This week, I’ve been reading Vertical Gardening: Grow Up, Not Out, for More Vegetables and Flowers in Much Less Space. I do a fair amount of vertical gardening here at Chiot’s Run because I like the structure that vertical features bring to the garden. They also take up less space, a very important thing when you’re short on garden space for all the things you want to grow.

On Tuesday I read that pole beans outproduce bush beans and decided to see if this was true. Luckily, I have both pole beans and bush beans growing in the garden. The pole beans are growing on a teepee in the lower garden and the bush beans are growing in a row beside the asparagus. I have about the same number of each, perhaps more bush beans than pole beans. The pole beans were planted a week or two after the bush beans.

After harvesting both types of beans, I weighed my harvest. The bush beans produced 11 ounces and the pole beans produced 1 pound 6 ounces. (pole bean harvest on right, bush bean harvest on left).

The nice thing about pole beans is that they produce continually over a longer period of time than bush beans, they will be producing until frost. The bush beans are just starting to bloom for a second time and will probably fade soon after I harvest this batch of beans

I also prefer pole beans to bush beans because they’re easier to pick. The beans are easier to spot and higher since the vines grow vertically.

I always love learning little bits of information like this. Even though I will have more garden space next year, I’ll still be trying to maximize that space in any way that I can. There’s just something about pole beans scrambling up a trellis in the garden.

Do you grow bush beans or pole beans?

Asparagus and Beans – A Winning Combo

July 23rd, 2012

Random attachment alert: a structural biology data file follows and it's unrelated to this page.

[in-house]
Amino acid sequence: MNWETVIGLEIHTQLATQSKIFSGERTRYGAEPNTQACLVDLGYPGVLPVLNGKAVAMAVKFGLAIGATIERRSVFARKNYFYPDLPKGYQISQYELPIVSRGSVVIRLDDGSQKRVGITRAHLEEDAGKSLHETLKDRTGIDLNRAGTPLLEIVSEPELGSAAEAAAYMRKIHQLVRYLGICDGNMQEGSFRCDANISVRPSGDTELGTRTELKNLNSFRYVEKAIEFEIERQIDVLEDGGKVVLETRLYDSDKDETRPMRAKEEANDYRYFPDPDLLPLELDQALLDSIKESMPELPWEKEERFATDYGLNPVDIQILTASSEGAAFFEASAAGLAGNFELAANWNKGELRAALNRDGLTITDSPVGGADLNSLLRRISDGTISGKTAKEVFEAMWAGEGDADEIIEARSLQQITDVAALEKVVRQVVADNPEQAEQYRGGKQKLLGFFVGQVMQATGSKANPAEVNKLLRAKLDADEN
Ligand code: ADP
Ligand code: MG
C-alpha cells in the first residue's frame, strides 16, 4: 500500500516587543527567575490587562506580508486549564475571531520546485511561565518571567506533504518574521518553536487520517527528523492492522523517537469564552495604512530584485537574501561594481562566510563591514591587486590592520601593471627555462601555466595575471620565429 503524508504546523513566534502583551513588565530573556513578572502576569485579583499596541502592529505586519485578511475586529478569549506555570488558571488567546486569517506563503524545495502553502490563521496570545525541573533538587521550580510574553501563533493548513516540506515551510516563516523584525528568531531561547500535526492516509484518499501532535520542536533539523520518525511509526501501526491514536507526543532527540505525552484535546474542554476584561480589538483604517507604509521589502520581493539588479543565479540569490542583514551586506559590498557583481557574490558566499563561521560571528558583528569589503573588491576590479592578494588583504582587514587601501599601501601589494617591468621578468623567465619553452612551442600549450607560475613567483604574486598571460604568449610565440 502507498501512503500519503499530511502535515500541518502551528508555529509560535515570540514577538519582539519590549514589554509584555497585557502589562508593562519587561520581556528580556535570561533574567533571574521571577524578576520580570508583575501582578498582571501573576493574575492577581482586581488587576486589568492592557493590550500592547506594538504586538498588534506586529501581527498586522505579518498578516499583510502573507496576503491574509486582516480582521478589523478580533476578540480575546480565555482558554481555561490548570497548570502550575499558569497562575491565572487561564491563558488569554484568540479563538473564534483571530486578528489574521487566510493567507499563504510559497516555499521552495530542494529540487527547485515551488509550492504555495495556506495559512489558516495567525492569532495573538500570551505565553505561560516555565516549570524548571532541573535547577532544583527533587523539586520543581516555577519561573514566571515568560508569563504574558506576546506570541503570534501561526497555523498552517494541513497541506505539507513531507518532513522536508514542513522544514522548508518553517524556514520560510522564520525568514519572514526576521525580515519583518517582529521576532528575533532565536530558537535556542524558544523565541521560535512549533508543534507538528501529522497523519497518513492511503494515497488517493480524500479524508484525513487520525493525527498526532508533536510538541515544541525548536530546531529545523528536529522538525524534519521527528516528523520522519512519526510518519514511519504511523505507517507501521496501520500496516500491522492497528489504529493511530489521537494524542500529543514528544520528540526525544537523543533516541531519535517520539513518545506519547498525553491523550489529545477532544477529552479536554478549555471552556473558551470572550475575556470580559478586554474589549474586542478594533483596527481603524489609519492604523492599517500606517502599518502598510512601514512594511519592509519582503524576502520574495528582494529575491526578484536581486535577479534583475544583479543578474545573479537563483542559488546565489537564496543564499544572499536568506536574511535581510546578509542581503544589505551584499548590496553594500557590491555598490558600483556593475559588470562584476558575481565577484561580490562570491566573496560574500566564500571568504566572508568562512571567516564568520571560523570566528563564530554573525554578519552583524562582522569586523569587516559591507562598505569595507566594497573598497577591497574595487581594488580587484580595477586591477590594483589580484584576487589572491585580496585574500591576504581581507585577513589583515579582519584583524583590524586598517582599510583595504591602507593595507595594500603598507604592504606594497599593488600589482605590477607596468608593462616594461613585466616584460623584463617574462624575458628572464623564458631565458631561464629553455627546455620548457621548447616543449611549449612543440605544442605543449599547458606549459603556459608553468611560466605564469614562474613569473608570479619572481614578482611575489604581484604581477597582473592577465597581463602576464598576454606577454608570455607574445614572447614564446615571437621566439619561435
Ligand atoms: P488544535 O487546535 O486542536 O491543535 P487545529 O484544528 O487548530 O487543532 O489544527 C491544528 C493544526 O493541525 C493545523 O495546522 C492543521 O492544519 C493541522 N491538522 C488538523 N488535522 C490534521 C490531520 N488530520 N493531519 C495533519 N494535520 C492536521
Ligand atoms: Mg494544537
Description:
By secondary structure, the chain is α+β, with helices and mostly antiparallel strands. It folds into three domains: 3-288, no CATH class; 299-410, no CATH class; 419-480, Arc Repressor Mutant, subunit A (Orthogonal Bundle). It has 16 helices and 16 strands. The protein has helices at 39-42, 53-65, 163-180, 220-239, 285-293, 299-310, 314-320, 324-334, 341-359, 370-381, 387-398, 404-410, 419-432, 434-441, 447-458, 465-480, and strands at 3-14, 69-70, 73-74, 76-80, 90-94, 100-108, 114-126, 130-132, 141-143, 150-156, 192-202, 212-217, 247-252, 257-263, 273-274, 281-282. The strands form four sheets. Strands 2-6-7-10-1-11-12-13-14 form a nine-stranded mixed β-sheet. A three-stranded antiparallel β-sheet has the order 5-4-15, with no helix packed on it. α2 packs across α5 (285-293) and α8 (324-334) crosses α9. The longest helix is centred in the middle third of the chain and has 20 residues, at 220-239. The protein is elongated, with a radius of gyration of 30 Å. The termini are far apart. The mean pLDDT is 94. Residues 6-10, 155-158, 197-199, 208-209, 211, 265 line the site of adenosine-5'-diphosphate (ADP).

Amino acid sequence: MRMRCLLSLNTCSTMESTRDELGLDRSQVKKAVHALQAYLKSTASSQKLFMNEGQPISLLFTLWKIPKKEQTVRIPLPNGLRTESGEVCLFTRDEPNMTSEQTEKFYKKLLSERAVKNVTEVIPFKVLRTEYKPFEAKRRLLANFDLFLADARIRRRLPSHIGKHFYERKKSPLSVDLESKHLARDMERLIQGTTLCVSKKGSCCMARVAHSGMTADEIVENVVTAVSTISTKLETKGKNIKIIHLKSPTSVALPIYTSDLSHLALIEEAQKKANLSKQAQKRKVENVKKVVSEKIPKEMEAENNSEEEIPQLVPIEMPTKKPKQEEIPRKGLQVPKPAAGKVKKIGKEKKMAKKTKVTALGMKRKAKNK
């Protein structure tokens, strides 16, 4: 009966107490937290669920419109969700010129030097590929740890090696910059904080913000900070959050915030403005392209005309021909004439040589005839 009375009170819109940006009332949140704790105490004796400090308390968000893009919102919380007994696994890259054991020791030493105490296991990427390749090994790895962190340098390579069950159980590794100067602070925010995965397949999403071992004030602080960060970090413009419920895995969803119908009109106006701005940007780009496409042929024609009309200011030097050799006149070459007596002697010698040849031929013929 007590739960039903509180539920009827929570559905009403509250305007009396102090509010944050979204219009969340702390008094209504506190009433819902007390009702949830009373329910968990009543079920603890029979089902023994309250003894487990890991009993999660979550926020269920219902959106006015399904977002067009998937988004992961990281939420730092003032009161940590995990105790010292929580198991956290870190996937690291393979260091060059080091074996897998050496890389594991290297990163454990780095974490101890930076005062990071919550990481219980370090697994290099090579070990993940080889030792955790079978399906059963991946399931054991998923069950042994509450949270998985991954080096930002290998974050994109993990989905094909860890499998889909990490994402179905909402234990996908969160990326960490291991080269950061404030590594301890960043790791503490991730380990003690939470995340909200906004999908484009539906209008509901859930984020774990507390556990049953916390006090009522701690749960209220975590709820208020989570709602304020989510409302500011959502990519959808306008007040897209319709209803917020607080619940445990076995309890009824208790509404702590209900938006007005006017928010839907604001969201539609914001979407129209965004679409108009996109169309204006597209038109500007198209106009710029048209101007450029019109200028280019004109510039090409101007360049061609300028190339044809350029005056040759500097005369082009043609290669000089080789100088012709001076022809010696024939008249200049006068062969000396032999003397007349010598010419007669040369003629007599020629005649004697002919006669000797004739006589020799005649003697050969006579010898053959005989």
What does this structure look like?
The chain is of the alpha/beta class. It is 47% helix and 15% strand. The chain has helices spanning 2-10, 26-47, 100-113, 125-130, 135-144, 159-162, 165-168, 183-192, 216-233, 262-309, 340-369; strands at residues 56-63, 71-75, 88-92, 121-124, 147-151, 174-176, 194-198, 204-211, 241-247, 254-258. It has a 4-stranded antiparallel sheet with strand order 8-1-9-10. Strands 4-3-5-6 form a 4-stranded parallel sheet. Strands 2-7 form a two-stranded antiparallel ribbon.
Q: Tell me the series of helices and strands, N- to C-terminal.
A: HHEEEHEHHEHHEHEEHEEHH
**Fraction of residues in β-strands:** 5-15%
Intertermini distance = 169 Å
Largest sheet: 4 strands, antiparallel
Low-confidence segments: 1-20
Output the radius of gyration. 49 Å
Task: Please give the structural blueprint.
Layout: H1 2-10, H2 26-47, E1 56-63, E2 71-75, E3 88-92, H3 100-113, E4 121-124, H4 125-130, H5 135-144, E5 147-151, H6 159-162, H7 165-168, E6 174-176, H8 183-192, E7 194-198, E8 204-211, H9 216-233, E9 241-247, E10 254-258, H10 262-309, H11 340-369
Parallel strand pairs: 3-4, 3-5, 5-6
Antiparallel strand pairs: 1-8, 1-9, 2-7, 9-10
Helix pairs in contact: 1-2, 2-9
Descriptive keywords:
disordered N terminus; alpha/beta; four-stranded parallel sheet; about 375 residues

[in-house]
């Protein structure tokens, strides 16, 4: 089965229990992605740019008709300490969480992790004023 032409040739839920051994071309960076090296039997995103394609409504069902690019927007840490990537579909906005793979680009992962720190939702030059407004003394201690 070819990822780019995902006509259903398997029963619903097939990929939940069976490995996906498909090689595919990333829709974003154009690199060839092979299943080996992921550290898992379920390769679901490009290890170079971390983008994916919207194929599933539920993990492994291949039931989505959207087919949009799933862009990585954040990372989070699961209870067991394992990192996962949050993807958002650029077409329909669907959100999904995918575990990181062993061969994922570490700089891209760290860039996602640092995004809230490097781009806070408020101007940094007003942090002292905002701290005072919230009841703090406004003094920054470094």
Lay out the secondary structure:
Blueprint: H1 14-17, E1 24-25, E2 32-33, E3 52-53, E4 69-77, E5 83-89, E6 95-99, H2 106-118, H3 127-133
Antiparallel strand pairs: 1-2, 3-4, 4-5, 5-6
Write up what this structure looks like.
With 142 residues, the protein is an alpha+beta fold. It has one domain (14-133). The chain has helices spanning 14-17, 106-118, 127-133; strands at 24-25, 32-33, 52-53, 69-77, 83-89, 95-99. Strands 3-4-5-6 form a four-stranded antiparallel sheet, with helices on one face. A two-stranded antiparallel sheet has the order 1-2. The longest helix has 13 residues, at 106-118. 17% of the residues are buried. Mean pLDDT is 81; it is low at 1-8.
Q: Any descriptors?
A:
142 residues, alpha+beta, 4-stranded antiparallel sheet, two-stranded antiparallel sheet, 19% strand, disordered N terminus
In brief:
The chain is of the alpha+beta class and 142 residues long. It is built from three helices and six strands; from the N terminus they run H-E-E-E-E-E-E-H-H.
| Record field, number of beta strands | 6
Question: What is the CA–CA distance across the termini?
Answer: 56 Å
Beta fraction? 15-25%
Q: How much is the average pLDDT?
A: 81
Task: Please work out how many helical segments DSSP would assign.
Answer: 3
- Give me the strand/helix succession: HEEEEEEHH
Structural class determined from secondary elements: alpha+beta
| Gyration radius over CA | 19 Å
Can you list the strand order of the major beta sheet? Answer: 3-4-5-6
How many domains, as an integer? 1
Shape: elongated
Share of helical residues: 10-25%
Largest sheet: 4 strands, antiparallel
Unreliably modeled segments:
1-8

In the past couple years I’ve been reading a lot about permaculture. As a result, I’m always searching for more effective ways to implement it’s ideas into the garden. This spring I was reading a non-permaculture article reading recommended a higher nitrogen fertilizer once harvests stopped and the foliage was allowed to grow.

Instead of adding a high nitrogen fertilizer, I was going to underplant the asparagus with clover. This would both provide nitrogen and protect the soil. Before I got it planted, I ran out of space in the edible garden for my green beans. Off went the lightbulb in my head and I planted them by the asparagus. The asparagus greened up nicely once the beans took root. When the beans are done producing they’ll be pulled and laid around the asparagus to provide an overwintering mulch to protect the soil. If I have comfrey to harvest at that time it’s leaves will be added as well.

I love discovering ways to maximize the small space by layering edibles. An added bonus is saving money by not having to buy a fertilizer. Any time I can keep the circle of the garden closed I’m one happy gardener. Like what goes on my plate, I like knowing exactly where every input in the garden comes from!

If you’re not familiar with permaculture, I’d highly recommend reading about it. Check your local library to see if they have a copy of Gaia’s Garden: A Guide to Home-Scale Permaculture. I had our library’s copy so much that I finally just purchased one. Mr Chiots is reading our copy of this book and is loving it (not bad for a guy that’s not really interested in gardening). He’s already talking of implementing the apple guild next spring in Maine. Perhaps I’ll have him write a blog post about it this winter as he’s planning!

Have you ever heard of permaculture? If so, are you implementing any of it’s principles in your garden?

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This is a daily journal of my efforts to cultivate a more simple life, through local eating, gardening and so many other things. We used to live in a small suburban neighborhood Ohio but moved to 153 acres in Liberty, Maine in 2012.